Williams went on to play fairly well for the Bills after signing in 2012 but had a hard time living up to the 6-year contract that had $49.5 million guaranteed and bonuses that could make the contract worth upwards of $100 million. He was released and played one year for the Dolphins where he recorded only 1.5 sacks.
11 Baker Mayfield (2018)
I would love to tell you that I have access to a crystal ball and can tell you what the future looks like for the Cleveland Browns with Baker Mayfield as their starting quarterback. And while he definitely may feel a lot of pressure to help turn Cleveland around, throwing to Josh Gordon and Jarvis Landry is sure to help. And while a failed career could be more costly than any miss the Browns have suffered in the past, a success could be the turning point that this fanbase so desperately needs and I won't blame them for taking that shot.
10 Jake Long (2008)
There are several great quarterbacks on this list, but they wouldn't be as great if they didn't have a strong offensive line in front of them. Jake Long is a player that quarterbacks always should have felt comfortable playing in front of. Long went to 4 Pro Bowls in his career including being named as a First-Team All-Pro for his performance in the 2010 campaign.
Sadly, Long has suffered some serious injuries including two torn ACL's with the Rams and a torn Achilles as a member of the Vikings that ended his career in 2016. A longer career would have meant a higher spot for Jake.
9 Jared Goff (2016)
Some rookies come on the scene and seem poised to dominate from the start. For Goff, his rookie year saw him play in only 7 games and had 5 TDs to 7 interceptions. Not exactly what he wanted. But Goff deserves a lot of credit for improving under the new head coach the team had brought in, Sean McVay who has made a big difference. His 2017 season saw him throw 28 TD's to only 7 interceptions and throw for close to 4,000 yards (3,804). You're only going to get so far in the NFL without a good quarterback and the Rams may have found their guy.
8 Myles Garrett (2017)
When Myles Garrett is on the field, he looks poised to become a future winner of Defensive Player of the Year and that's something that the Cleveland Browns fanbase sorely needs. His rookie year sadly saw a high-ankle sprain and concussion limit what he can do on the field, but you need difference makers on both sides of the ball and Garrett has shown he can be that guy with 7 sacks and 19 tackles over the course of 11 games. And if he takes a step back next year, nobody should blame the Browns fanbase for just trying to be excited about a player going into a season!
7 2003 - Carson Palmer
Carson Palmer with Chad Johnson made the Bengals look like an amazing team. But a torn ACL suffered in a playoff game in 2005 was one of the most devastating injuries in sports history.
Palmer returned in a strong fashion the next year, but Palmer struggled in 2008, 2009 and 2010 (the latter of which saw them finish 4-12) and reports surfaced in that he was planning to retire, leading him to be traded to Oakland during the middle of the 2011 season.
Palmer played reasonably well in Oakland for 2 years before being a strong quarterback for Arizona. Only injuries in the 2014 and 2017 season prevented Palmer from throwing for over 4,000 yards in each of his 4 years.
6 2012 - Andrew Luck
Andrew Luck's career may be very well defined by how he does this upcoming season. His 2017 season was the stuff of nightmares after a surgery done after the 2016 season caused significant enough issues to see him miss the entire year. Not to mention also having more surgery back in February.
But when he's performing and healthy, Luck doesn't have anyone questioning why he was picked first. He has thrown for over 4,000 yards in 3 of the 5 seasons and the two misses saw one year of 3,822 and the 2015 season where he played in only 7 games.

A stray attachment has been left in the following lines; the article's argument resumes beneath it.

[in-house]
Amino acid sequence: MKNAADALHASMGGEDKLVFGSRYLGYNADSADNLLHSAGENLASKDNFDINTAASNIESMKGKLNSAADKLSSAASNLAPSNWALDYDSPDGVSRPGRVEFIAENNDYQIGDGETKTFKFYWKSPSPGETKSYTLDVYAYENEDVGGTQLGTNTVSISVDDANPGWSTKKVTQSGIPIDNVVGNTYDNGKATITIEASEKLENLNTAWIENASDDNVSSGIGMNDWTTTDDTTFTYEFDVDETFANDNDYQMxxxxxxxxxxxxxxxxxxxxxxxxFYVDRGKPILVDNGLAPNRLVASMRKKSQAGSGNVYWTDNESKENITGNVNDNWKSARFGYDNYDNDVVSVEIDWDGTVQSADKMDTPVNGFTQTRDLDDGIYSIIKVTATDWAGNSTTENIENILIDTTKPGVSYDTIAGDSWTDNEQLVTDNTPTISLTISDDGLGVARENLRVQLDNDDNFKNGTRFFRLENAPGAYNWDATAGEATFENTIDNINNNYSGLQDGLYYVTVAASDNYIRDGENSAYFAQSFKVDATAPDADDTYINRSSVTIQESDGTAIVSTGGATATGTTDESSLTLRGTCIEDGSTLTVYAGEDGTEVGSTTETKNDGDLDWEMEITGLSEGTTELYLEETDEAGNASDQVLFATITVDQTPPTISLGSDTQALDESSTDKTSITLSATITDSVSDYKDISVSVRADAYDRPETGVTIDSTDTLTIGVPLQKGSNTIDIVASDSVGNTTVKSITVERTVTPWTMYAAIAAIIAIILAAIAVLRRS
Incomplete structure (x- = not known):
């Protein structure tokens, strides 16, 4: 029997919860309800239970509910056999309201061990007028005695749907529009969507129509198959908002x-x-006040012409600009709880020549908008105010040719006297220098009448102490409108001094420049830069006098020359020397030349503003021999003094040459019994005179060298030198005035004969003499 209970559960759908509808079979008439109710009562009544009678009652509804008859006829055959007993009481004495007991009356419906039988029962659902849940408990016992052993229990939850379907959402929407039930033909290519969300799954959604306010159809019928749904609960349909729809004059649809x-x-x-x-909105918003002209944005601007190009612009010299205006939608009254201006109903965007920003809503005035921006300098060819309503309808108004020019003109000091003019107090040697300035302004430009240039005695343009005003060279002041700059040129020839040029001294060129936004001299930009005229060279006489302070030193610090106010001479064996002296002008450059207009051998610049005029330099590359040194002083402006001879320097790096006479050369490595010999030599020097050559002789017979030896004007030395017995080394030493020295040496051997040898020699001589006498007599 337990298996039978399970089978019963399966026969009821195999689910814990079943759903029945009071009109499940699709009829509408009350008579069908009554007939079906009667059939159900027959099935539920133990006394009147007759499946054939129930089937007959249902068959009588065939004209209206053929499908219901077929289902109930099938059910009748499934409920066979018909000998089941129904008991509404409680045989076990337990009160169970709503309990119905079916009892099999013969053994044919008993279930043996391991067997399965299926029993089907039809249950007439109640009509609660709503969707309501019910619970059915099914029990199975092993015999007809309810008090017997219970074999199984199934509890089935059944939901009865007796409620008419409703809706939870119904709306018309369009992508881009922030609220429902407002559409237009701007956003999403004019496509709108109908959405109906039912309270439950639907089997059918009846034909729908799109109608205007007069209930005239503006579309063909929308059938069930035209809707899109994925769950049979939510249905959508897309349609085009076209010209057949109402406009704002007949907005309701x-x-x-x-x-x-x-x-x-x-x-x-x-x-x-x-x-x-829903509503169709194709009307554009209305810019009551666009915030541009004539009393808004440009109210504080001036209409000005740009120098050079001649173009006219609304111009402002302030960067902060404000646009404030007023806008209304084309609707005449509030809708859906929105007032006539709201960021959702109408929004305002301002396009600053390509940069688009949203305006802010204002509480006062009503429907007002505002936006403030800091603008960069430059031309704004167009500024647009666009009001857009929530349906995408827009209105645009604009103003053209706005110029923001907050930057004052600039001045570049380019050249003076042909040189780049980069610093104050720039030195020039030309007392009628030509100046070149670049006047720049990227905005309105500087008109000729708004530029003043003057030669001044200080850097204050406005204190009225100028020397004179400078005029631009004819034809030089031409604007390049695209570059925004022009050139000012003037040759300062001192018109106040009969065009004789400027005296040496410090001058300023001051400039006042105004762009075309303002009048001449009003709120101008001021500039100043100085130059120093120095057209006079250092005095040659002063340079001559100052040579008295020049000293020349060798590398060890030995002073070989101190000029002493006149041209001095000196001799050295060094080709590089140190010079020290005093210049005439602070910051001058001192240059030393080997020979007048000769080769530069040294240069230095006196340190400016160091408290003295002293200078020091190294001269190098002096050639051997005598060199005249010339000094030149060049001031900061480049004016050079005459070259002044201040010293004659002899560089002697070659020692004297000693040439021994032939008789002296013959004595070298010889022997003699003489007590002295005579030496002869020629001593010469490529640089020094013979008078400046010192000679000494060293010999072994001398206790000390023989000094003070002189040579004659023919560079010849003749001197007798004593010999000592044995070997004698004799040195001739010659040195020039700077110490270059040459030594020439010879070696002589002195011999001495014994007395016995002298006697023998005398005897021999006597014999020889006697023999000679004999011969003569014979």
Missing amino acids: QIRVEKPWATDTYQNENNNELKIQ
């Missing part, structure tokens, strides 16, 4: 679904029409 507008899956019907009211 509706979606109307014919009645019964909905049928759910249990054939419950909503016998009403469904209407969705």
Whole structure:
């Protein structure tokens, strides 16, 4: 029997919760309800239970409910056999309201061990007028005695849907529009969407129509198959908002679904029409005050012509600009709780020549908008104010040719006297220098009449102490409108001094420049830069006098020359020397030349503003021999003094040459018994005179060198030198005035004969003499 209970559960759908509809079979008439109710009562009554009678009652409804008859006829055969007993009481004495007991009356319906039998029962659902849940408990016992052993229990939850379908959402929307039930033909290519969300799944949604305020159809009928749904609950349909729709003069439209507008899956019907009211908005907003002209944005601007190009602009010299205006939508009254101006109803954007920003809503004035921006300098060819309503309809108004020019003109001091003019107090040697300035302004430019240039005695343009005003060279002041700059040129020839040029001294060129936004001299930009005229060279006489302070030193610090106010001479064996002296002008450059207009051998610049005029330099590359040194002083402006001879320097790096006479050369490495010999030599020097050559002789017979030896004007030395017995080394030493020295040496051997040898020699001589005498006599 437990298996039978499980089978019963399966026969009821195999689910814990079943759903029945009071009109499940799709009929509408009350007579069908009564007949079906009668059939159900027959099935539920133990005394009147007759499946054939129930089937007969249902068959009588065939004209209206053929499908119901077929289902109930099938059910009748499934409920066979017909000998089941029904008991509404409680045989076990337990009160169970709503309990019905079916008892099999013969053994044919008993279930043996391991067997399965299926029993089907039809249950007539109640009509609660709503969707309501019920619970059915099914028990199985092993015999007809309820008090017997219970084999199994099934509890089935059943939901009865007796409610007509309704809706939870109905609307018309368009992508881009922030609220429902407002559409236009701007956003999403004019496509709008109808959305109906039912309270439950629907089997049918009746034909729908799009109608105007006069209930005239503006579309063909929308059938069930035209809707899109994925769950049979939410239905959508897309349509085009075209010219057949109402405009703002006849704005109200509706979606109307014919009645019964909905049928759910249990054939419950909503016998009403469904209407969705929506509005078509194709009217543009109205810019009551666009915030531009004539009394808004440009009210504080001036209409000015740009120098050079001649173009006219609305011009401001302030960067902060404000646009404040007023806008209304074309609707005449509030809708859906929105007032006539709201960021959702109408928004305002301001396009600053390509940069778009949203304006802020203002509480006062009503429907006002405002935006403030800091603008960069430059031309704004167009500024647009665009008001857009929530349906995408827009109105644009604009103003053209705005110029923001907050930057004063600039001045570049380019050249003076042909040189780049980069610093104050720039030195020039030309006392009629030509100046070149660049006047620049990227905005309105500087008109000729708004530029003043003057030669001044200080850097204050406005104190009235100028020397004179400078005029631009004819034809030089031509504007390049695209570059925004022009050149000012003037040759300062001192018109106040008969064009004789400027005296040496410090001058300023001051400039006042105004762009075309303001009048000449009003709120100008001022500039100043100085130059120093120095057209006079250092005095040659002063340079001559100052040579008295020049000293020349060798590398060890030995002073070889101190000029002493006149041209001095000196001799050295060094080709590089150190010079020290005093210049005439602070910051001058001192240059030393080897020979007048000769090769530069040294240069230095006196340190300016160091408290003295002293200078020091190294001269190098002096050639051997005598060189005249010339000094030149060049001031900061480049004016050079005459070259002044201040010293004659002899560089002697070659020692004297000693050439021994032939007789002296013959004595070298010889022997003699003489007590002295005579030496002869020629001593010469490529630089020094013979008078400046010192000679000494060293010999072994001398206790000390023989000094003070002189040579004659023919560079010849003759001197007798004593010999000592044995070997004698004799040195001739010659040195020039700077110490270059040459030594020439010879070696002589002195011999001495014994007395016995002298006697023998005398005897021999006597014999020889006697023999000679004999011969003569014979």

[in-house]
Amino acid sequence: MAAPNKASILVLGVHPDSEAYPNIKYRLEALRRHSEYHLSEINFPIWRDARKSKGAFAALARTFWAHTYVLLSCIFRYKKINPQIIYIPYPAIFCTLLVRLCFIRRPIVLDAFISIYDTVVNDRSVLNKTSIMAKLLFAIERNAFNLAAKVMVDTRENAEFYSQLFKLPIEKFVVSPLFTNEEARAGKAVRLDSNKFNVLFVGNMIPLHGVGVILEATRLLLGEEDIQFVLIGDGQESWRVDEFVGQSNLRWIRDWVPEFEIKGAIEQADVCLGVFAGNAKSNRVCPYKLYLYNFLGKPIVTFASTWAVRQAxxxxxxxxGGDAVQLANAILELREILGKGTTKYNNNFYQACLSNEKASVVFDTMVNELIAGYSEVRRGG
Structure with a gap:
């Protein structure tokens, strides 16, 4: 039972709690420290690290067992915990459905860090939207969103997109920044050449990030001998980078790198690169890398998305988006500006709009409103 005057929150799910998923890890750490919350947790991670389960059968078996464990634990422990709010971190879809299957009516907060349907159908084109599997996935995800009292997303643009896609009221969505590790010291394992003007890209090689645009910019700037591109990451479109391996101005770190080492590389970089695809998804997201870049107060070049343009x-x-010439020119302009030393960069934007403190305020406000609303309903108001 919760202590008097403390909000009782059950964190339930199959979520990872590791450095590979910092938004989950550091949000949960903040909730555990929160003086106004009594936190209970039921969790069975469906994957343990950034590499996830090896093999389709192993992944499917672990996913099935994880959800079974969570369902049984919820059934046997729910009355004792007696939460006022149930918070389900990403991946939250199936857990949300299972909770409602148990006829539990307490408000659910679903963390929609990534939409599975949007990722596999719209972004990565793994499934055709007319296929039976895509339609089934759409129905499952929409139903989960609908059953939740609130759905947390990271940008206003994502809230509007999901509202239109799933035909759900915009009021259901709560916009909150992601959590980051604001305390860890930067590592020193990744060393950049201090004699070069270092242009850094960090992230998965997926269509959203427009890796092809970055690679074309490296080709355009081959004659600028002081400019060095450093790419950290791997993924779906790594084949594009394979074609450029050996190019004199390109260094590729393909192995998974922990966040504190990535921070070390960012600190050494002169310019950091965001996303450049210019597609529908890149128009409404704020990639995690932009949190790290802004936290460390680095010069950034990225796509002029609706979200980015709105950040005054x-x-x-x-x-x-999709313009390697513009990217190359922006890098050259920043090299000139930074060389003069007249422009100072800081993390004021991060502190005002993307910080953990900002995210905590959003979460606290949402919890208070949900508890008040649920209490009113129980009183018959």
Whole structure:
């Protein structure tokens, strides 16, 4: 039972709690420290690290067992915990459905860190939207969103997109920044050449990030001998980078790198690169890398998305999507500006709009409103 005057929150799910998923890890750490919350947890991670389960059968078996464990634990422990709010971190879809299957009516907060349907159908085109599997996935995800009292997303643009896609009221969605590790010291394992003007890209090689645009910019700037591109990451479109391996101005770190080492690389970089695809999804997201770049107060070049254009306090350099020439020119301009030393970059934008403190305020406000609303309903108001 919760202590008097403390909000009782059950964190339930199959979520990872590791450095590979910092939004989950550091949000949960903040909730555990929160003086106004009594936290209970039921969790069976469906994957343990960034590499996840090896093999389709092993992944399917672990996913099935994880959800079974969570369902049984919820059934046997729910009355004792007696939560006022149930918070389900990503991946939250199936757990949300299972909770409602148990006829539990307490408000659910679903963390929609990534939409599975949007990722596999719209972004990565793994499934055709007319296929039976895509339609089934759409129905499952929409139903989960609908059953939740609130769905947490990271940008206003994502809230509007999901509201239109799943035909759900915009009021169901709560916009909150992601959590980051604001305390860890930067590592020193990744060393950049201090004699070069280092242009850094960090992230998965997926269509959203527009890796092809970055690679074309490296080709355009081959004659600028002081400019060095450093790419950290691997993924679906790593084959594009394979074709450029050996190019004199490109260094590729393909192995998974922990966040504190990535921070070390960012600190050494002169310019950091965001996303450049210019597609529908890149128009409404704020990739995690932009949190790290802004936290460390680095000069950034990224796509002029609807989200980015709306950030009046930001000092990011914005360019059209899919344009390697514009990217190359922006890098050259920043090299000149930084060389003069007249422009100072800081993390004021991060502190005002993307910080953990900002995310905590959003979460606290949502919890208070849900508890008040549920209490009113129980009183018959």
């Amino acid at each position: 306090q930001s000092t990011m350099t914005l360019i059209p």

5 2014 - Jadeveon Clowney
Jadeveon Clowney may never be the most popular player on the Texans as long as J.J. Watt is there, but he's clearly learned a lot from Watt. After injuries hurt him in his rookie year, Clowney played well in 2015 and even better in 2016. The latter of which had him be named as the 49th best player in the NFL as he totaled 6 sacks, 16 TFL, and 52 tackles.
Clowney continued to improve, being ranked as the 32nd best player in 2017 with 9.5 sacks, 59 tackles, and 2 forced fumbles and I'm sure he is going to do everything he can to improve on those numbers in 2018.
4 2001 - Michael Vick
We all know what the scandal is when it comes to Michael Vick. But part of why the scandal was such a big deal was because of how amazing of a player Vick was. I'm sure Falcons fans would have wanted nothing more than for his career to have stayed untarnished in Atlanta, as his numbers there over 6 years of 11,505 yards passing, not to mention another 3,859 yards as a rusher, made him destined for the Hall of Fame.
Vick played well with Philly for stretches following his return from suspension before fading out with the Jets and Steelers.
3 2009 - Matthew Stafford
Matthew Stafford may never have a career that matches that of Aaron Rodgers, but there is still plenty to be proud of. And when you consider the Lions had struggled mightily at the QB position before he came along, I'm sure fans are ecstatic that it's still Stafford throwing the ball around for them going into the next season. With several big targets such as Golden Tate and Marvin Jones Jr., Stafford's next season may be the best of his entire career. But even if an injury knocks him out of the season early and he never recovers, he has still thrown for over 34,000 yards.
2 2011 - Cam Newton
Cam Newton has not had a career that has been free of scandals, but he is still a talented quarterback and hopefully, 2018 will continue to prove that. Newton's most accomplished year came in 2015 where he took home the NFL Offensive Player Of The Year, as well as the MVP. Proving he was outstanding from the start, Newton was also the recipient of Offensive Rookie Of The Year. Though I'm sure when his career is all said and done there are many people who are going to knock Newton for failing to win the Super Bowl. But at least he lost to the greatest quarterback of all-time in Peyton Manning?
1 2004 - Eli Manning
Is Eli Manning's career as amazing as Peyton Manning? No, but there should be no denying the fact that he was well worth the first overall pick, as well as the first overall spot on our list. Along with winning two Super Bowls, Eli has been the hallmark of durability for a large majority of his career and will go down as one of the greatest New York Giants to ever play. The only asterisk on Eli is that he was drafted by the Chargers with the understanding that he would then be traded to play for the New York Giants.